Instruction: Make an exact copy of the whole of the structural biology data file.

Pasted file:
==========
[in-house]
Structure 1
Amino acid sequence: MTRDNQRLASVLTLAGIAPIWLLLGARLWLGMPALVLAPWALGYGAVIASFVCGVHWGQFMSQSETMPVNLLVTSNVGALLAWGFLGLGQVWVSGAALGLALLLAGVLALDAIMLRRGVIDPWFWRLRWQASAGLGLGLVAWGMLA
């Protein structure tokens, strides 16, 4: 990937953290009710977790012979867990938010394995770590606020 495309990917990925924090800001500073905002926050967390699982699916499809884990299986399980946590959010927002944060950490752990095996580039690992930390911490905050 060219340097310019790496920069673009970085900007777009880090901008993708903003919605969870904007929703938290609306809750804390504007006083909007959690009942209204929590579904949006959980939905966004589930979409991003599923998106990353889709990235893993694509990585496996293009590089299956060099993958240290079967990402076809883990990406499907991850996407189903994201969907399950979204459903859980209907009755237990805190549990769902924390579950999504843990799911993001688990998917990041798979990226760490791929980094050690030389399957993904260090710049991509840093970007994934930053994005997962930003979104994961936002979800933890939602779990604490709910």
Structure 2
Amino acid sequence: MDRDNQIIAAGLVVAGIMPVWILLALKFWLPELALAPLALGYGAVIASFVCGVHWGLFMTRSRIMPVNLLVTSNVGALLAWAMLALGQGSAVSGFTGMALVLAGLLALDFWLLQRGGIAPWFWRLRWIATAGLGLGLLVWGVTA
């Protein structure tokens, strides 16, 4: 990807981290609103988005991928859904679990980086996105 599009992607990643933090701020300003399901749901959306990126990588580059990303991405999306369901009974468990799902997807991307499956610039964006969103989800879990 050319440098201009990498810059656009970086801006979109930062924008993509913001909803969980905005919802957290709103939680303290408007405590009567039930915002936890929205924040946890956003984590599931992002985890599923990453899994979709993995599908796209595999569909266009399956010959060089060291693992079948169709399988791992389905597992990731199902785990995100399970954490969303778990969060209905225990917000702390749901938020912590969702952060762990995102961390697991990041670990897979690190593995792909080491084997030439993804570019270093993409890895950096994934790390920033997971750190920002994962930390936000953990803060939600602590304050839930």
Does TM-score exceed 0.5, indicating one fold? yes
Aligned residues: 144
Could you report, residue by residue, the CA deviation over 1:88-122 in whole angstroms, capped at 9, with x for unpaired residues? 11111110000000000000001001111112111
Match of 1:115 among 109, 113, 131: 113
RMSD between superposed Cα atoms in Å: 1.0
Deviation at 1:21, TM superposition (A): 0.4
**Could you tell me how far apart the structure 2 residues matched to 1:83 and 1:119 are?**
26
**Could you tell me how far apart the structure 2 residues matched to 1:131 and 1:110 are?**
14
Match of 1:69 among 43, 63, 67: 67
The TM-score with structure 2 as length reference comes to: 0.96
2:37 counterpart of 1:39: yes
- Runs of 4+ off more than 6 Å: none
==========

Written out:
[in-house]
Structure 1
Amino acid sequence: MTRDNQRLASVLTLAGIAPIWLLLGARLWLGMPALVLAPWALGYGAVIASFVCGVHWGQFMSQSETMPVNLLVTSNVGALLAWGFLGLGQVWVSGAALGLALLLAGVLALDAIMLRRGVIDPWFWRLRWQASAGLGLGLVAWGMLA
């Protein structure tokens, strides 16, 4: 990937953290009710977790012979867990938010394995770590606020 495309990917990925924090800001500073905002926050967390699982699916499809884990299986399980946590959010927002944060950490752990095996580039690992930390911490905050 060219340097310019790496920069673009970085900007777009880090901008993708903003919605969870904007929703938290609306809750804390504007006083909007959690009942209204929590579904949006959980939905966004589930979409991003599923998106990353889709990235893993694509990585496996293009590089299956060099993958240290079967990402076809883990990406499907991850996407189903994201969907399950979204459903859980209907009755237990805190549990769902924390579950999504843990799911993001688990998917990041798979990226760490791929980094050690030389399957993904260090710049991509840093970007994934930053994005997962930003979104994961936002979800933890939602779990604490709910």
Structure 2
Amino acid sequence: MDRDNQIIAAGLVVAGIMPVWILLALKFWLPELALAPLALGYGAVIASFVCGVHWGLFMTRSRIMPVNLLVTSNVGALLAWAMLALGQGSAVSGFTGMALVLAGLLALDFWLLQRGGIAPWFWRLRWIATAGLGLGLLVWGVTA
């Protein structure tokens, strides 16, 4: 990807981290609103988005991928859904679990980086996105 599009992607990643933090701020300003399901749901959306990126990588580059990303991405999306369901009974468990799902997807991307499956610039964006969103989800879990 050319440098201009990498810059656009970086801006979109930062924008993509913001909803969980905005919802957290709103939680303290408007405590009567039930915002936890929205924040946890956003984590599931992002985890599923990453899994979709993995599908796209595999569909266009399956010959060089060291693992079948169709399988791992389905597992990731199902785990995100399970954490969303778990969060209905225990917000702390749901938020912590969702952060762990995102961390697991990041670990897979690190593995792909080491084997030439993804570019270093993409890895950096994934790390920033997971750190920002994962930390936000953990803060939600602590304050839930």
Does TM-score exceed 0.5, indicating one fold? yes
Aligned residues: 144
Could you report, residue by residue, the CA deviation over 1:88-122 in whole angstroms, capped at 9, with x for unpaired residues? 11111110000000000000001001111112111
Match of 1:115 among 109, 113, 131: 113
RMSD between superposed Cα atoms in Å: 1.0
Deviation at 1:21, TM superposition (A): 0.4
**Could you tell me how far apart the structure 2 residues matched to 1:83 and 1:119 are?**
26
**Could you tell me how far apart the structure 2 residues matched to 1:131 and 1:110 are?**
14
Match of 1:69 among 43, 63, 67: 67
The TM-score with structure 2 as length reference comes to: 0.96
2:37 counterpart of 1:39: yes
- Runs of 4+ off more than 6 Å: none